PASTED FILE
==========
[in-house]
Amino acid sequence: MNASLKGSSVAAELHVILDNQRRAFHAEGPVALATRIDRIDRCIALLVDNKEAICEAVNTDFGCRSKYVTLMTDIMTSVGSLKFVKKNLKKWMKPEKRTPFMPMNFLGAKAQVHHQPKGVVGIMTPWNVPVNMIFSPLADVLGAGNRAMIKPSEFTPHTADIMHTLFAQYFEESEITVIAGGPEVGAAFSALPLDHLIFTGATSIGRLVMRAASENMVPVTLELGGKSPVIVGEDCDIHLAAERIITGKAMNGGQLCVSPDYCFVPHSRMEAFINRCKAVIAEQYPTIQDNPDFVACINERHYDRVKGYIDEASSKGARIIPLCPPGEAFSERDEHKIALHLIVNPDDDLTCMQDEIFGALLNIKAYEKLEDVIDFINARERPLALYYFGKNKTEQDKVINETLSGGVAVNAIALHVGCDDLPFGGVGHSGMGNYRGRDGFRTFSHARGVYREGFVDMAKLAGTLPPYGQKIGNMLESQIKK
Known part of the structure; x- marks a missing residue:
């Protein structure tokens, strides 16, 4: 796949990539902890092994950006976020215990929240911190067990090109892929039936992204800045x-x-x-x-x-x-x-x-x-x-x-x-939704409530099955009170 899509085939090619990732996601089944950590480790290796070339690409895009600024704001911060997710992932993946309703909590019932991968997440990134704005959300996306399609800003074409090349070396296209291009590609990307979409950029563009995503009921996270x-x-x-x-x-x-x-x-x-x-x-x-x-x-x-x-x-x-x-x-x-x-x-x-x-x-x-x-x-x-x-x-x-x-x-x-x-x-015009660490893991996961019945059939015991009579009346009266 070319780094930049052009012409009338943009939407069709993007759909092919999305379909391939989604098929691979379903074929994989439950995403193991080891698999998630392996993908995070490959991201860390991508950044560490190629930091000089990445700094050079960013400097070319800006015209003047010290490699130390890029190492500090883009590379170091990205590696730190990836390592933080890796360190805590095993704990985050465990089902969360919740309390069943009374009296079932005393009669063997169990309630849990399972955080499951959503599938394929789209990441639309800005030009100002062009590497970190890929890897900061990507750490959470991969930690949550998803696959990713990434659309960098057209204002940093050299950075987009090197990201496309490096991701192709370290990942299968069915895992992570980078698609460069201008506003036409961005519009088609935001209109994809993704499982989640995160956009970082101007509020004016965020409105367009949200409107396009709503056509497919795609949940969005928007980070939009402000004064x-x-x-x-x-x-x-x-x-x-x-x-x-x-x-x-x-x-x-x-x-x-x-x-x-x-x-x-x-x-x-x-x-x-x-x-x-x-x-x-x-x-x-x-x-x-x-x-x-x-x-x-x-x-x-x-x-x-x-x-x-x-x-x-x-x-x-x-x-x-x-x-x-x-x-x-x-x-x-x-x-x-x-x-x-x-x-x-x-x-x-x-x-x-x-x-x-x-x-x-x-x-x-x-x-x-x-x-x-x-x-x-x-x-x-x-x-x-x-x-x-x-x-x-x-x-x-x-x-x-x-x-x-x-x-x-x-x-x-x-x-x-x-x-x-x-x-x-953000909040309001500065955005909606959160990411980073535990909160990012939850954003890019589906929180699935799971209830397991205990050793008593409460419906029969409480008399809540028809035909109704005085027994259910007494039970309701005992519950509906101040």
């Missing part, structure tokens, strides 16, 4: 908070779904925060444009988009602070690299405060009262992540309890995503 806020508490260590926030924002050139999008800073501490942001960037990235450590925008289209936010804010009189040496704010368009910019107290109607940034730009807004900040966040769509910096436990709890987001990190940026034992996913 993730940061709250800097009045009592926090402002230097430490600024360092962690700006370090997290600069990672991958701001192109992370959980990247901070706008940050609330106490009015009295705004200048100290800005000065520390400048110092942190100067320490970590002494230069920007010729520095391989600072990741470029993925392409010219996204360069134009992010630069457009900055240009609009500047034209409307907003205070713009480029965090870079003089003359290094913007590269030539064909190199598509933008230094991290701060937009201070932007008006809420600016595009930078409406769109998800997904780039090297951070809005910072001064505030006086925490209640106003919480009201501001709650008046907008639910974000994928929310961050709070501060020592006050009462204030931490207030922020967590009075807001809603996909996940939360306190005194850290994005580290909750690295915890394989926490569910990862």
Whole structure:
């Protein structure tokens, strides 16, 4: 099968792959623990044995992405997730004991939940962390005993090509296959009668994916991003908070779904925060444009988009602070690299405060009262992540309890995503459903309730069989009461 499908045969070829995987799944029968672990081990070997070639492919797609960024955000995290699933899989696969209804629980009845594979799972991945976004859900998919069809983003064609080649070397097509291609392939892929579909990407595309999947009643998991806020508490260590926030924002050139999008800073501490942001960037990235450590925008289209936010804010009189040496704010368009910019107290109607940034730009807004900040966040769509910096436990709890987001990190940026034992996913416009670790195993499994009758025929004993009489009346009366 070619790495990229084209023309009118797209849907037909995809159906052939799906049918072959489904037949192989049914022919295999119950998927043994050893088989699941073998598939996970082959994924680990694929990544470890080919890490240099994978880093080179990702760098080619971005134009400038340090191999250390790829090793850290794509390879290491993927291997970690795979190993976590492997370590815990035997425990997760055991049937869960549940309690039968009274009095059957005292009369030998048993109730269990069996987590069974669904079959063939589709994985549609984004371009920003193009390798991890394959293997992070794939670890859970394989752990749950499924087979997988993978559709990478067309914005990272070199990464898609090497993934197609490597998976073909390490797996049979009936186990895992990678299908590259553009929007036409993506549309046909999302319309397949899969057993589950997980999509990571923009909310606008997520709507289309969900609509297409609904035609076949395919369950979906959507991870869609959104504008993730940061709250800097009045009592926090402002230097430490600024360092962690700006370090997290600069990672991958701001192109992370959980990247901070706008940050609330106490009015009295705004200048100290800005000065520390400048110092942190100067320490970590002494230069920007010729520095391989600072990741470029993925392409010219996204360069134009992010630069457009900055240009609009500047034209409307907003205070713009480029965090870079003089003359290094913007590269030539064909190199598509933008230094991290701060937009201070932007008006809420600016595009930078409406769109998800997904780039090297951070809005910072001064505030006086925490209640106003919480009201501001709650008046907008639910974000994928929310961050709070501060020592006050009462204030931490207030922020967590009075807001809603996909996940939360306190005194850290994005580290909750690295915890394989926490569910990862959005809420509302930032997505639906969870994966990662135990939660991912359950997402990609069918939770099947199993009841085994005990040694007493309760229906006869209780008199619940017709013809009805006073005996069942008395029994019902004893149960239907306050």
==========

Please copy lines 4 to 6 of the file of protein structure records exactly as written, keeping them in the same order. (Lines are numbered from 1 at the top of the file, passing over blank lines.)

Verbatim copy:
């Protein structure tokens, strides 16, 4: 796949990539902890092994950006976020215990929240911190067990090109892929039936992204800045x-x-x-x-x-x-x-x-x-x-x-x-939704409530099955009170 899509085939090619990732996601089944950590480790290796070339690409895009600024704001911060997710992932993946309703909590019932991968997440990134704005959300996306399609800003074409090349070396296209291009590609990307979409950029563009995503009921996270x-x-x-x-x-x-x-x-x-x-x-x-x-x-x-x-x-x-x-x-x-x-x-x-x-x-x-x-x-x-x-x-x-x-x-x-x-x-015009660490893991996961019945059939015991009579009346009266 070319780094930049052009012409009338943009939407069709993007759909092919999305379909391939989604098929691979379903074929994989439950995403193991080891698999998630392996993908995070490959991201860390991508950044560490190629930091000089990445700094050079960013400097070319800006015209003047010290490699130390890029190492500090883009590379170091990205590696730190990836390592933080890796360190805590095993704990985050465990089902969360919740309390069943009374009296079932005393009669063997169990309630849990399972955080499951959503599938394929789209990441639309800005030009100002062009590497970190890929890897900061990507750490959470991969930690949550998803696959990713990434659309960098057209204002940093050299950075987009090197990201496309490096991701192709370290990942299968069915895992992570980078698609460069201008506003036409961005519009088609935001209109994809993704499982989640995160956009970082101007509020004016965020409105367009949200409107396009709503056509497919795609949940969005928007980070939009402000004064x-x-x-x-x-x-x-x-x-x-x-x-x-x-x-x-x-x-x-x-x-x-x-x-x-x-x-x-x-x-x-x-x-x-x-x-x-x-x-x-x-x-x-x-x-x-x-x-x-x-x-x-x-x-x-x-x-x-x-x-x-x-x-x-x-x-x-x-x-x-x-x-x-x-x-x-x-x-x-x-x-x-x-x-x-x-x-x-x-x-x-x-x-x-x-x-x-x-x-x-x-x-x-x-x-x-x-x-x-x-x-x-x-x-x-x-x-x-x-x-x-x-x-x-x-x-x-x-x-x-x-x-x-x-x-x-x-x-x-x-x-x-x-x-x-x-x-x-953000909040309001500065955005909606959160990411980073535990909160990012939850954003890019589906929180699935799971209830397991205990050793008593409460419906029969409480008399809540028809035909109704005085027994259910007494039970309701005992519950509906101040």
């Missing part, structure tokens, strides 16, 4: 908070779904925060444009988009602070690299405060009262992540309890995503 806020508490260590926030924002050139999008800073501490942001960037990235450590925008289209936010804010009189040496704010368009910019107290109607940034730009807004900040966040769509910096436990709890987001990190940026034992996913 993730940061709250800097009045009592926090402002230097430490600024360092962690700006370090997290600069990672991958701001192109992370959980990247901070706008940050609330106490009015009295705004200048100290800005000065520390400048110092942190100067320490970590002494230069920007010729520095391989600072990741470029993925392409010219996204360069134009992010630069457009900055240009609009500047034209409307907003205070713009480029965090870079003089003359290094913007590269030539064909190199598509933008230094991290701060937009201070932007008006809420600016595009930078409406769109998800997904780039090297951070809005910072001064505030006086925490209640106003919480009201501001709650008046907008639910974000994928929310961050709070501060020592006050009462204030931490207030922020967590009075807001809603996909996940939360306190005194850290994005580290909750690295915890394989926490569910990862």
Whole structure: